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Jet lag versus social jet lag

Jet lag and social jet lag are two different ways you can disrupt your 24-hour internal body clock called your circadian rhythm. Learn how they differ and how to stay on track with your body’s natural cycle.

What is jet lag and how does it affect you?

Jet lag can occur when you travel quickly across three or more time zones. It tends to be more acute when you’re traveling in an eastward direction. Jet lag occurs because your body’s clock is still synced to your original time zone and hasn’t adjusted to where you’ve traveled. As a result, you can experience sleeping problems like insomnia or early waking, daytime drowsiness, difficulty concentrating, general sluggishness and even stomach problems.

What can you do about jet lag?

Every individual adjusts differently to a rapid time zone change, but there are ways to prepare that can be helpful for minimizing or avoiding jet lag entirely.
  • If possible, arrange your trip to allow a few days to adjust before attending an important meeting or event.
  • Make sure you’re well rested before you leave.
  • Start to adjust your schedule a few days before your departure. If you’re traveling east, eat your evening meal and go to bed one hour earlier each night, starting a few days before (if flying west, make it one hour later).
  • Drink plenty of water before, during and after your flight to counteract the dehydrating effects of dry cabin air. Avoid alcohol and caffeine, as these can dehydrate you as well as affect your sleep.
  • Try to sleep on the plane if it’s nighttime at your destination (and stay away from blue light-emitting electronic devices), but avoid sleep if it’s daytime there.
  • When you reach your destination, try not to sleep until the local nighttime, no matter how tired you are. If it’s daytime, go outside and walk around to get exposure to natural light.
  • Time your meals with local mealtimes, as well, which can also help reset your internal clock.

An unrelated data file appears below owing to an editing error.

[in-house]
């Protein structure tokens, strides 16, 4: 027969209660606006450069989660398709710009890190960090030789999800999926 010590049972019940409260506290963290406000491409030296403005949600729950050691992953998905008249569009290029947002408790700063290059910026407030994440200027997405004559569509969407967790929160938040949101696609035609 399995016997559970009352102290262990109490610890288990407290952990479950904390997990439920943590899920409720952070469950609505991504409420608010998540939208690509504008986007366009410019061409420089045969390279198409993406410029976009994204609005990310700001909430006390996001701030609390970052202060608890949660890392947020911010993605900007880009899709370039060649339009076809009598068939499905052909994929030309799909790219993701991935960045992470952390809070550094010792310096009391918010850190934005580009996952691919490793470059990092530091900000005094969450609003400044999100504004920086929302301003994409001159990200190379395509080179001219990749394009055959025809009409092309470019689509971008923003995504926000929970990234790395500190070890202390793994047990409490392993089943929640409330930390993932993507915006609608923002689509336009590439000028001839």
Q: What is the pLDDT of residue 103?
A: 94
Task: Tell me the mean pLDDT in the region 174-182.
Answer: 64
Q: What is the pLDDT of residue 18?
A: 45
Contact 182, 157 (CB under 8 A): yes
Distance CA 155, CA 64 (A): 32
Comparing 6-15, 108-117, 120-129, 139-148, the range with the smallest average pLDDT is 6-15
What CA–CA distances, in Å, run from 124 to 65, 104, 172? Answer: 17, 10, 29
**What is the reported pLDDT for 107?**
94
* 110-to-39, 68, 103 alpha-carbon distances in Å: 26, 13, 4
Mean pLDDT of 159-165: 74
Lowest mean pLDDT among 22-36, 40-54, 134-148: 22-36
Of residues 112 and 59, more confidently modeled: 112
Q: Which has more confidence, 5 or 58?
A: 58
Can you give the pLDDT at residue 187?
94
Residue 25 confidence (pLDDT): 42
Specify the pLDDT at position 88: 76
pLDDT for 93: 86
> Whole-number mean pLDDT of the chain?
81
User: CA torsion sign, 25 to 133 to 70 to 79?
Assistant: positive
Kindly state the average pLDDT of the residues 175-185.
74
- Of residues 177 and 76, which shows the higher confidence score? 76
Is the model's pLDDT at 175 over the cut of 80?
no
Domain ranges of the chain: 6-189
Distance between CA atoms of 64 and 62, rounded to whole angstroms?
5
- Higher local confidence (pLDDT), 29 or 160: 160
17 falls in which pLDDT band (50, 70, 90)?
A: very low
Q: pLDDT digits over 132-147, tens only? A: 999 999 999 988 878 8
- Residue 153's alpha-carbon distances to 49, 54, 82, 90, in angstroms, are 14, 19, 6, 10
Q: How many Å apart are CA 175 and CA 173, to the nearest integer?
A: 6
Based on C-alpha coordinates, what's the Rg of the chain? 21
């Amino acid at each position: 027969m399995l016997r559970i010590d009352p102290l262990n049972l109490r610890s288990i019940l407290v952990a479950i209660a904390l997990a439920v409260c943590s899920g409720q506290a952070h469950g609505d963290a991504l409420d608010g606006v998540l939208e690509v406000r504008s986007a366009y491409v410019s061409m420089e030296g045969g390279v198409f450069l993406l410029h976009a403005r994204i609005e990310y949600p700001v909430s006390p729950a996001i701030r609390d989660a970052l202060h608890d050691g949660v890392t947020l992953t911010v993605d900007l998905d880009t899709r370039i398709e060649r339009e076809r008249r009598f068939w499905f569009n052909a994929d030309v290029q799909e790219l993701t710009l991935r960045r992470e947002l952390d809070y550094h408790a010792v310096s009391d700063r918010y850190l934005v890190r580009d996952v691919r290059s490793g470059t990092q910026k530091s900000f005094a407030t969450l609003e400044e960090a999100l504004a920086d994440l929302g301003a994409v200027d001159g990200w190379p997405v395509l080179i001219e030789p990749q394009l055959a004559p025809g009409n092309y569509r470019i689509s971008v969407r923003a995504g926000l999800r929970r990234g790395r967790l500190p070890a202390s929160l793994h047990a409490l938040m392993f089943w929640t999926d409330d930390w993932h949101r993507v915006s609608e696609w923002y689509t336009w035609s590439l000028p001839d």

What is social jet lag?

Maybe you haven’t heard the term before but you’ve likely experienced social jet lag, which is the discrepancy between weekday and weekend schedules (i.e., the difference between circadian and social clocks). If you’ve spent the weekend staying up later and sleeping in to “catch up” on sleep, and then had trouble waking up early on Monday morning, you’ve had social jet lag.

How does it affect you?

While trying to catch up on sleep on the weekend sounds innocent enough, it actually can be detrimental to your circadian rhythm, which needs regularity. Studies show that social jet lag is associated with an increased risk of obesity, diabetes, cardiovascular disease and depression. These effects are not erased by getting more sleep over the weekend because we need adequate sleep each night to properly regulate mental and physical functions.

Think about the transition to and from daylight saving time and how you are affected by a one-hour time change. If you are varying your weekend schedule by more than an hour, you’re making it that much harder to adjust to your weekday schedule.

Social jet lag plays a role in the ongoing discussion of school start times. A proposed later schedule for teens is meant to better align with their natural circadian rhythm while also allowing for a more consistent schedule throughout the week. A University of Washington study of high school students found that those with a later school start time (8:45 am versus 7:50 am) showed less variation between their weekday and weekend sleep times, thus decreasing their social jet lag and making it easier to make it to Monday morning class.

What can you do about it?

To avoid those Monday morning blues, try not to vary your weekend schedule by more than an hour, if possible. And make sure you get seven to nine hours of sleep on weekdays, as well as on the weekend.
Sources: Journal of Clinical Sleep Medicine, Mayo Clinic, Sleep Foundation, Dunster, GP et al. (2018) Sleepmore in Seattle: Later school start times are associated with more sleep and better performance in high school students, Science Advances.

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